Many apps == Many processes?

But, right now, they *are* mutually exclusive: There's no way to use
Rails (and therefore gain it's benefits) without incurring this cost.

Tomas Jogin - What you need is LiteSpeed as suggested by Peter
originally. It spawns and manages application processes. If a
process is idle for X seconds, the process dies (you set X obviously).
You can even choose to not spawn rails processes on a server restart
in which case they would be spawned when the application get hit for
the first time. If you get very little traffic, you will probably see
very few processes running at any given time, even if your hosting 30
rails apps.

Joe

Joe: I'll have to look into LiteSpeed, but based on what I've read,
neither LiteSpeed is capable of having apps share Ruby processes
between themselves (which doesn't surprise me at all).

Some responses in this thread suggest that is the case:
http://www.litespeedtech.com/support/forum/archive/index.php/t-581.html

Tomas, there is no *point* in sharing Ruby processes, when they are spawned and killed according to need.

>
> Joe: I'll have to look into LiteSpeed, but based on what I've read,
> neither LiteSpeed is capable of having apps share Ruby processes
> between themselves (which doesn't surprise me at all).

You I cant think of a good reason why you would want/need that (not
that there isn't one maybe). But I don't think the problem your
seeking to solve now is answered by sharing ruby processes.

Tomas, there is no *point* in sharing Ruby processes, when they are
spawned and killed according to need.

Exactly. Tomas, think in terms of total memory. Traditionally if you
have 30 apps, 1 process each at 20 mb ram, your using 600 mb of ram on
your server. Now say you figured out that on average only 1 of your
apps is "in use". If you were running litespeed that would mean on
average you would see 20 mb ram dedicated to rails apps.

You should still make sure your server *can* run everything at the
same time... otherwise you would be dependent on under-use which just
isn't good design in any server environment.

I suppose I might have jumped to conclusions regarding the nature of
the problem. The facts are that the server is running perhaps 30 Ruby
processes, and the server is equipped with 1.5 GB of RAM. I'm not able
to check more details right now, but I'll definitely have to make a
proper check later.

Regards,
Tomas Jogin

Well, if processes were spawned every time they are needed and then killed again after use, each time, you would have something very inefficient. But that's not the way it works. Your example is about as extreme as is possible.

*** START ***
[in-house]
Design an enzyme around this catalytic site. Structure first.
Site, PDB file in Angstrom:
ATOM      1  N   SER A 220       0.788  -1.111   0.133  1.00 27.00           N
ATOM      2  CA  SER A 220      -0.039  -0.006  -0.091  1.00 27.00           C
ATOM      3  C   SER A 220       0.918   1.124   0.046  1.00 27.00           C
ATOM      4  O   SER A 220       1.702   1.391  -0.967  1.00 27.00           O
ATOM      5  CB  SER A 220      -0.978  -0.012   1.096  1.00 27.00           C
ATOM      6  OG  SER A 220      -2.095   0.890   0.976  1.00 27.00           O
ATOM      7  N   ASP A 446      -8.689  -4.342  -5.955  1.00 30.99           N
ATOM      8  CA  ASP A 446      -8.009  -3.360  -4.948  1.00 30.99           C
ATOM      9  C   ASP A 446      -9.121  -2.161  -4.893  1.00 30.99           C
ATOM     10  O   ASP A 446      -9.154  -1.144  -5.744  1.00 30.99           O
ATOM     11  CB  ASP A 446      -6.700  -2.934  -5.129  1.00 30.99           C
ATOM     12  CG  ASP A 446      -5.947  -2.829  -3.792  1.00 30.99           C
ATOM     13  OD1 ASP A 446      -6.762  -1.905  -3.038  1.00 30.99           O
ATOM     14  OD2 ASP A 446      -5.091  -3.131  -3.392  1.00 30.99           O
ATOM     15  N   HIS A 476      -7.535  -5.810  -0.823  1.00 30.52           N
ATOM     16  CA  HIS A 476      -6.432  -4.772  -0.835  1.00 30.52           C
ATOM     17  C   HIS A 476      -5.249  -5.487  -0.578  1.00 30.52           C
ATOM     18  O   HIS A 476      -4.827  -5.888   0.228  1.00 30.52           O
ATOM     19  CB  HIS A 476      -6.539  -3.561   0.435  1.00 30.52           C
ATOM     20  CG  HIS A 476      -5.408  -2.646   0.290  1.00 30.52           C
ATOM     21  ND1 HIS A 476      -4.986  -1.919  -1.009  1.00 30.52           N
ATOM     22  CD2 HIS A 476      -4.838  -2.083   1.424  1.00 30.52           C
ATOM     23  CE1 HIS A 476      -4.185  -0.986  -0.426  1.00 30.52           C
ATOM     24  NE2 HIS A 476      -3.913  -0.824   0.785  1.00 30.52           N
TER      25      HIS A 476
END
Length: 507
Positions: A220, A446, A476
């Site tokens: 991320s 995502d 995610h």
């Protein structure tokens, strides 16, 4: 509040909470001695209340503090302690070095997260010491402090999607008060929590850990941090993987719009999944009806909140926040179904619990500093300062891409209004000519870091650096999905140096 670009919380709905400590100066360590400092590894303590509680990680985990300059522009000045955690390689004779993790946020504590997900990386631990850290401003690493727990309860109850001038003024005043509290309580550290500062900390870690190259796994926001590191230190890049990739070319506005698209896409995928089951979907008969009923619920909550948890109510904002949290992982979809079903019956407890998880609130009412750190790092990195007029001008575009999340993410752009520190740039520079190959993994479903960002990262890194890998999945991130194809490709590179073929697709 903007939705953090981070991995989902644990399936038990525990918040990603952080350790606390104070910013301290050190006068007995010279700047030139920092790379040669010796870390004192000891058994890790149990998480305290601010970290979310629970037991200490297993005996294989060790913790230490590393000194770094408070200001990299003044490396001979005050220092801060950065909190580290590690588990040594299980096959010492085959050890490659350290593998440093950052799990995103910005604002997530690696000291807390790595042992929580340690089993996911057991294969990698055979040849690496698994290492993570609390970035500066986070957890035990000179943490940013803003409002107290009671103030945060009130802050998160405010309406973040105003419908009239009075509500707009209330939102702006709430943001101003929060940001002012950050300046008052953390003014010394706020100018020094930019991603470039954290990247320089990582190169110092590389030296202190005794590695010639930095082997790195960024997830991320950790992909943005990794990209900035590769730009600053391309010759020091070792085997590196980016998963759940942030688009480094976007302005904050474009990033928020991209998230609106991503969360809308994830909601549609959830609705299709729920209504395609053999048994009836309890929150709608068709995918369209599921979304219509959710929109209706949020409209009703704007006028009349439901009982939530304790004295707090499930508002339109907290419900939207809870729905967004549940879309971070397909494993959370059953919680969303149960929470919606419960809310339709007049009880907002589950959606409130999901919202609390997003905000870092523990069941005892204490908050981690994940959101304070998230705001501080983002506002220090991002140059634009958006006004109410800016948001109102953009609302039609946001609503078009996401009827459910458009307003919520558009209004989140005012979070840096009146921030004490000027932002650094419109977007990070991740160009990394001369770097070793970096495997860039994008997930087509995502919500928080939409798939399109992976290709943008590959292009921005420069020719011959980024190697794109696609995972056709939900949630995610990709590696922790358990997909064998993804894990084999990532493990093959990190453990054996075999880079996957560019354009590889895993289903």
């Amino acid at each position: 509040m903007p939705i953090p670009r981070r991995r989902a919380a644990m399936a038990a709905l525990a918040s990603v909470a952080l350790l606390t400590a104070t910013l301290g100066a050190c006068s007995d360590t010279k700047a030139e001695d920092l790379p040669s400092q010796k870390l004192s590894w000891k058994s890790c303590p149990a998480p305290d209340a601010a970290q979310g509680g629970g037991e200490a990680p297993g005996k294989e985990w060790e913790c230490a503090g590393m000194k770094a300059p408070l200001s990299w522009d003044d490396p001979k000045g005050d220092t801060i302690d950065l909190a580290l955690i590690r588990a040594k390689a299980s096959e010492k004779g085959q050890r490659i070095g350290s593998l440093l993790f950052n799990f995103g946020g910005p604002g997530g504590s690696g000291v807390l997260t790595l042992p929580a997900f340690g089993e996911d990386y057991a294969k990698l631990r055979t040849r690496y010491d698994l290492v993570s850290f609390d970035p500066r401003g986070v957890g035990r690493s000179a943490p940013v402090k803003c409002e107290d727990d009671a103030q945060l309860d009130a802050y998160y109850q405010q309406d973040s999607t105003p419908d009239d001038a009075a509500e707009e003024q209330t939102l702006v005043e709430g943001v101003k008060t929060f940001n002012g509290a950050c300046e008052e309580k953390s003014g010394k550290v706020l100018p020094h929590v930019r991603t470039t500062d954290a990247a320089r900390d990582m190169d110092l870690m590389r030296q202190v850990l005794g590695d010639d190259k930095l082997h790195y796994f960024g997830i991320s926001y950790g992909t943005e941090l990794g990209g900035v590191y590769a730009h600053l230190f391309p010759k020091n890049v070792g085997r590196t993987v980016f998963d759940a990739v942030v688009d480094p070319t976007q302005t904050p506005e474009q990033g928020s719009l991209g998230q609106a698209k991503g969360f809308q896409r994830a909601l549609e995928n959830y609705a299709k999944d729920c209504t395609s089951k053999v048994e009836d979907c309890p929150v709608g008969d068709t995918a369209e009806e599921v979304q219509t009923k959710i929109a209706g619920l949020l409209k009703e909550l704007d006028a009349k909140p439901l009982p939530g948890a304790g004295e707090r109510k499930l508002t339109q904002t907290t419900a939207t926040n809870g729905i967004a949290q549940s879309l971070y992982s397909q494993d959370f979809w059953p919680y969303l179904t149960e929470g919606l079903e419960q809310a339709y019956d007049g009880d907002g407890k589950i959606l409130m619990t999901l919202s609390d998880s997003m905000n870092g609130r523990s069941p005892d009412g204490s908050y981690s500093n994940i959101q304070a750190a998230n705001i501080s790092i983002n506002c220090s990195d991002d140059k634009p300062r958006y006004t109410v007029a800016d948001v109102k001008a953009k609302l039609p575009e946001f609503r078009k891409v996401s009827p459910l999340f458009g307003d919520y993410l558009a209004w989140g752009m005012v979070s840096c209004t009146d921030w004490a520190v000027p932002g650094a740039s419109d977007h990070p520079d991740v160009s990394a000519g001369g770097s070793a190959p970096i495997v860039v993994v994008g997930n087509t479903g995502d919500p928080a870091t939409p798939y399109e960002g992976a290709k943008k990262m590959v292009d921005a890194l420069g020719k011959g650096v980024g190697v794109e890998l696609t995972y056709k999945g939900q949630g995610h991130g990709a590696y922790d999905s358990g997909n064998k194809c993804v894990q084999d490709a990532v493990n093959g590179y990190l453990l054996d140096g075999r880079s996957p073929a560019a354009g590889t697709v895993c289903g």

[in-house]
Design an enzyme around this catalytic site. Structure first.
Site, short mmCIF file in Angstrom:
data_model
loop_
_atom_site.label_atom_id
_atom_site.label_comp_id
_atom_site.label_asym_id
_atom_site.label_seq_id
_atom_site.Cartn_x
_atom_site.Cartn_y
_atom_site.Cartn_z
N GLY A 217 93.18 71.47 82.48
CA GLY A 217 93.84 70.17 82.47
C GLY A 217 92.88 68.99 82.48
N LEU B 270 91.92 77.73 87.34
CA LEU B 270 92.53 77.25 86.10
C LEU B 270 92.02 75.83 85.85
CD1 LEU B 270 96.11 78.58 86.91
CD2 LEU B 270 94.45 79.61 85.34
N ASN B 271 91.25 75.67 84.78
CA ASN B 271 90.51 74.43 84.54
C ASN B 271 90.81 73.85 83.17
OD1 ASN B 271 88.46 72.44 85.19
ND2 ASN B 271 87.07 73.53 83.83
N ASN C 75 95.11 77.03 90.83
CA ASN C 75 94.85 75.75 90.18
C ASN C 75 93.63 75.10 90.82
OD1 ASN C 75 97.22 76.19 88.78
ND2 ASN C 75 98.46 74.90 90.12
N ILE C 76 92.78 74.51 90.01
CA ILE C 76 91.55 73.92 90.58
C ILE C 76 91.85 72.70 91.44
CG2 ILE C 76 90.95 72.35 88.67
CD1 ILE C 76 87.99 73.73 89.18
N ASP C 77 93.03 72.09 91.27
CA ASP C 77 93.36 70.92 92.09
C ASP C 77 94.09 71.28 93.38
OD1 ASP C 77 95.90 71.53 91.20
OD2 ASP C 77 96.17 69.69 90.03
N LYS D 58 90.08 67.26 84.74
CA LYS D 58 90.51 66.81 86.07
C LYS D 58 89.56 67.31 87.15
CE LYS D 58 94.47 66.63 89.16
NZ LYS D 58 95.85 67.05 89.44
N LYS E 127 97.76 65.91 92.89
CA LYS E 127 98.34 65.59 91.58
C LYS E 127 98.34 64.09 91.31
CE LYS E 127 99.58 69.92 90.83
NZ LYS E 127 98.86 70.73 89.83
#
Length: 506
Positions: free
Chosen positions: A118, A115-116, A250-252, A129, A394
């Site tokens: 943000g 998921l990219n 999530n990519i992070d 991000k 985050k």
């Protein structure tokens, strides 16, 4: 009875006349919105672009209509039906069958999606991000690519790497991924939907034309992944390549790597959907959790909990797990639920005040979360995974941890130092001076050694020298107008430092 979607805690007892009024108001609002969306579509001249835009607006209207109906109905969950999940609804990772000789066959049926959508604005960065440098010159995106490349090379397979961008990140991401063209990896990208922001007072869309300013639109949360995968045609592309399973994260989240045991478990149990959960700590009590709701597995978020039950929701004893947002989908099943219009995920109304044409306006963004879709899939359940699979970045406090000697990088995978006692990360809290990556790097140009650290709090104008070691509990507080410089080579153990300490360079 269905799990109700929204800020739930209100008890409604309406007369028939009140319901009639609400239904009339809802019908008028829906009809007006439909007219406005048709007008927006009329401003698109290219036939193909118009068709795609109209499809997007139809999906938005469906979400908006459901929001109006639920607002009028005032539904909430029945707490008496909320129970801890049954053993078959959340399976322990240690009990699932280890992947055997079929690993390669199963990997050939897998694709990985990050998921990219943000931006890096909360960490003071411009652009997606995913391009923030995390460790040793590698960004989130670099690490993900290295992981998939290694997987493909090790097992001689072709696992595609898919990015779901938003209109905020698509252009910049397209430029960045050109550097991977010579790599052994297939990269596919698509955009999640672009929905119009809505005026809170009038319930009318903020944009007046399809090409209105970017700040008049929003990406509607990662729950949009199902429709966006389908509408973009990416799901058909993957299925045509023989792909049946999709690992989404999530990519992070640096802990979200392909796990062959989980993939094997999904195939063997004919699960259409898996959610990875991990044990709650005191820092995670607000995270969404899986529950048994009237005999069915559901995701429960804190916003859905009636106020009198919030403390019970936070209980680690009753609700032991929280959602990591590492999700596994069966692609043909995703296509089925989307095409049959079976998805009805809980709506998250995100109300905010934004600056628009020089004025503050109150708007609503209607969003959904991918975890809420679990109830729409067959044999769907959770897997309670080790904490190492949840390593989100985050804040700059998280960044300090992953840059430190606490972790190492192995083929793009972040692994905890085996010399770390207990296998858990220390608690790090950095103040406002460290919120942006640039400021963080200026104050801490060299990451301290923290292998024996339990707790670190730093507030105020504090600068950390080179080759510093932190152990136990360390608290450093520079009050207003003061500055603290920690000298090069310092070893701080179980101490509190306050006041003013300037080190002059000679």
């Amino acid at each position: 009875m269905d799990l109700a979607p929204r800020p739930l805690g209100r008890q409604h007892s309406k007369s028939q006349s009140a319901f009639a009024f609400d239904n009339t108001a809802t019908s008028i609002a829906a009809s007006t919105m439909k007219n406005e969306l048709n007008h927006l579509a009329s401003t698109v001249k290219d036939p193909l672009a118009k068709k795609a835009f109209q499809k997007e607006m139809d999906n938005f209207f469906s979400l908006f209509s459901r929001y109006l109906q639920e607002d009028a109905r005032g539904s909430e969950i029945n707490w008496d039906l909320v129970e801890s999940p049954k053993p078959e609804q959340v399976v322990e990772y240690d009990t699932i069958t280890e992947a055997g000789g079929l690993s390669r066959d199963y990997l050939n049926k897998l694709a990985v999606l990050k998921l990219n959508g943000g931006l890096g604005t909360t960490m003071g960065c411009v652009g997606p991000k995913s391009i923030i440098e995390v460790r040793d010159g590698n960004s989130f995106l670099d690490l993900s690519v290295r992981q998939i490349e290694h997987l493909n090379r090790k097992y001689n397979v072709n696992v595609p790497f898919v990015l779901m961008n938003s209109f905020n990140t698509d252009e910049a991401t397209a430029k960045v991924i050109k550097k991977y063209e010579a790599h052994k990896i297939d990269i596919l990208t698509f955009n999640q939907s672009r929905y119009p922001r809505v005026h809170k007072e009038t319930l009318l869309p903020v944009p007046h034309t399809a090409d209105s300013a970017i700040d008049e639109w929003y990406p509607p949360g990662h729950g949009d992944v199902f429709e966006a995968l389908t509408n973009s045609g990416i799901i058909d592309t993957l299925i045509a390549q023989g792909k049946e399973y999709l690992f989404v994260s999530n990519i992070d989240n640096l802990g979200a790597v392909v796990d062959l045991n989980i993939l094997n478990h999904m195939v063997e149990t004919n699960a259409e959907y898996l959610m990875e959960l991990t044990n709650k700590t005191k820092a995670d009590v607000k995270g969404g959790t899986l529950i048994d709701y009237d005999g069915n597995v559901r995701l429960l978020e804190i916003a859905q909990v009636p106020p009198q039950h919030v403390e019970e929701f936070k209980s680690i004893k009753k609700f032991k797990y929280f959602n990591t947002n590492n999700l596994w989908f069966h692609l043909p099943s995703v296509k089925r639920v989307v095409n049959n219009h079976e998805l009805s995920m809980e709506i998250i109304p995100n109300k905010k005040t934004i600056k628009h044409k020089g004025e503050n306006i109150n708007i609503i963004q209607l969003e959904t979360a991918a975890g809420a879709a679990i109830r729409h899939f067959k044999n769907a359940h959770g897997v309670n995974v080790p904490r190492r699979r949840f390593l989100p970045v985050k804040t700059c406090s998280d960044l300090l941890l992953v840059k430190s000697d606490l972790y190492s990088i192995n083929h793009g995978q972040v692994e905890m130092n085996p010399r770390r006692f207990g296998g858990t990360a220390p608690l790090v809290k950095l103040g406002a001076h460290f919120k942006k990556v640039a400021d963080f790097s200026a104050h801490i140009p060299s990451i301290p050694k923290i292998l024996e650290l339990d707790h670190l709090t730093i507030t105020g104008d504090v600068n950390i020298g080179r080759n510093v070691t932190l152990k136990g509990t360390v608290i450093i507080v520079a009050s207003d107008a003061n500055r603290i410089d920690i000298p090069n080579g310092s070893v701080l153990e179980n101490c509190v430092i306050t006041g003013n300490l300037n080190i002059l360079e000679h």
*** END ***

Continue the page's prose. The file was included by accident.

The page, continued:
Apache as a webserver manages do spawn threads pretty efficiently and can sustain high hitrates. If processes are left idle for a long time, they are killed, otherwise they are left to live to serve future requests. If all processes are busy and another request comes in, another process may be spawned, depending on configuration, to handle that request, and that process is subject to the same life- span restriction as the others.

That's very common knowledge. And yes, there is a overhead involved in firing up another process. You don't want to do it too often. But that's elementary resource management.

LiteSpeed does exactly the same thing but with Rails processes. However it also uses a FCGI implementation of its own to drastically reduce the startup overhead. The result is that you can let it handle the resulting resource allocation dynamically - without being overly bothered by process startup.

As for silver bullets, I've never seen one within the field of computer science, so that's not what we're talking about here.

  / Peter

We're running Apache 1.3.something plus FastCGI, is this setup
especially bad at handling Ruby processes?

Is LiteSpeed recommended for serving static content too or just
dynamic stuff via proxy?

No, and you don't want to. That is why processes were invented in the
first place. They provide separation.

Unix has a good set of tools to manage and monitor processes - which
would have to be duplicated inside any application server.

Why bother complicating matters with another layer of software that may
go wrong?. Memory is cheap and swap space is very cheap. Unix is a
superb multi-user operating system - providing wonderful memory
separation, process management and reasonable security controls. Why do
you want to use it like it was an early version of MS-DOS?

For ease of management though, I would suggest using Mongrel rather
than FCGI. It's just a lot easier when everything is talking HTTP.

Tomas Jogin wrote: